Being President of a Biotech company with a large and rapidly expanding international activity and with other obligations added, my time is limited and I use the minerals to create short breaks in a very busy schedule. But as for vesuvianite, I have been doing some research on this mineral group in context with publishing an article on the composition of vesuvianite-group minerals from Norway. Thus I think I could give a try at making a draft vesuvianite article. But there has to be a clarification. I understand you will be treating Wiluite, Manganvesuvianite and Fluorvesuvianite in separate articles ? And of the draft articles prepared so far, which one would you suggest I use for comparing the structuring of the information ?

Knut
avatar Re: Vesuvianite
March 19, 2009 09:50AM
Knut,
I understand about the need to do your business as opposed to play around with minerals which many of us would rather do. I am not sure how to advise you about the other minerals like Wiluite etc. I think we want to keep the Vesuvianite thread mostly about vesuvianite. If you want, you could mention the other minerals and link their names to images that would appear when the reader clicks on them if they want to see the pictures. When you get a chance, why don't you post a sample of what you have in mind and let me take a look at it and see how we can fit it into the article.

Rock Currier
Crystals not pistols.
avatar Re: Vesuvianite
March 19, 2009 06:04PM
    
Rock,
I think there should be separate articles on the other minerals in the Vesuvianite group. I think only rarely will you have problems classifying "best mineral specimens" correctly.

I would suggest the following introduction:

Vesuvianite is by far most common mineral of the vesuvianite-group which also includes wiluite, manganvesuvianite and fluorvesuvianite.
Vesuvianite is named after the classic finds of this mineral in metamorphosed limestone ejecta from the vicinity of the famous vulcano Vesuvius in Italy. It is a very common mineral in contact metamorphic localities and skarns which also host the largest crystals of this mineral. Vesuvianite usually forms yellowish green to brown crystals, more rarely emerald green or purple. A bluish green cuprian variety called "cyprine" can also be found in aesthetic specimens.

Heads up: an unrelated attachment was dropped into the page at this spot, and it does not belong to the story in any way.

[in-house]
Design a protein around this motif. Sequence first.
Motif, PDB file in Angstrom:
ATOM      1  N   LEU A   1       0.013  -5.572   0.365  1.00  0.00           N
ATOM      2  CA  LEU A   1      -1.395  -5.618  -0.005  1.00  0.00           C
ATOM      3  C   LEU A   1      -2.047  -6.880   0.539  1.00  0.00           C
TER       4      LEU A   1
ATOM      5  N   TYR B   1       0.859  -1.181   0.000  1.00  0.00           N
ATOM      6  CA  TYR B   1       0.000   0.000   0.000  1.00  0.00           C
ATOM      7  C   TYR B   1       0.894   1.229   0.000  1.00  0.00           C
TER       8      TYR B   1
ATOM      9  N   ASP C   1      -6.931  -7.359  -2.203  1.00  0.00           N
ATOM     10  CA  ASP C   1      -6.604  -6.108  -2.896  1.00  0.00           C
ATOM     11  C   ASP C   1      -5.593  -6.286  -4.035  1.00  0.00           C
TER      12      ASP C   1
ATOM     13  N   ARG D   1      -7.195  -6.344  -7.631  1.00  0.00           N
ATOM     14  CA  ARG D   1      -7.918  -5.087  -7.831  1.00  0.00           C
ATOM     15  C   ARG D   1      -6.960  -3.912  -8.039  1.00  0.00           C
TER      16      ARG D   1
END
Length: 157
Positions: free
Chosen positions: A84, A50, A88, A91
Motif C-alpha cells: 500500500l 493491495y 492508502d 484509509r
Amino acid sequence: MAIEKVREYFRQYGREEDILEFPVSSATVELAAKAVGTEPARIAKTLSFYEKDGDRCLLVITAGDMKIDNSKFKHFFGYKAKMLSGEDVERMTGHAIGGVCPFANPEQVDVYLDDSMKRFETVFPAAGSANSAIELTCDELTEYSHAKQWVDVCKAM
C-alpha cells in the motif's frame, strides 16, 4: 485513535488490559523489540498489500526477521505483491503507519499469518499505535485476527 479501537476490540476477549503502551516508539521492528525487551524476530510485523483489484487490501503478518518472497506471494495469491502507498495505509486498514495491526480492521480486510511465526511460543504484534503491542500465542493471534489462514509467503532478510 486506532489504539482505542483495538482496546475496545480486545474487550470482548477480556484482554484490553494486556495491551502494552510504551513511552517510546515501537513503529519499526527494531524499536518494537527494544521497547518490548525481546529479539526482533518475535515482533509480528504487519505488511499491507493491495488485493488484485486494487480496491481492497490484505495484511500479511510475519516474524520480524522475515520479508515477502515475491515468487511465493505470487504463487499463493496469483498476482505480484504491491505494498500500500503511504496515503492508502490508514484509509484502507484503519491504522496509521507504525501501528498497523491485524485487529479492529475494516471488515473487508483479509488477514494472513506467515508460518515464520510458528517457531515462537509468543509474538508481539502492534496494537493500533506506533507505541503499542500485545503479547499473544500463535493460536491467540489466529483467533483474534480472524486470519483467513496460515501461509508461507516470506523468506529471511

There are many localities around the world for crystallized specimens. Crystals to 20 cm have been found at Kongsgårdsskogen and Eeg in Kristiansand, Vest-Agder, Norway, crystals to 14 cm have been reported from Coahuila, Municipio de Sierra Mojada, Mexico and large crystals to at least 12 cm have been found in the Kayes region, Mali. The specimens most often seen on the mineral market have been the emerald green or purple vesuvianites from Jeffrey mine, Quebec in Canada, the flattened, bipyramidal brown to greenish crystals from Fushan, Hebei in China and the shiny and partly transparent greenish to brown crystals from Ala Valley and Aosta Valley and other localities in Italy. Recently similar looking specimens to the ones from Italy have appeared on the market from Alchuri, Pakistan. Excellent specimens from the classic localities in Norway, Madagascar, Mexico and the USA are also sometimes being offered, most often from old collections.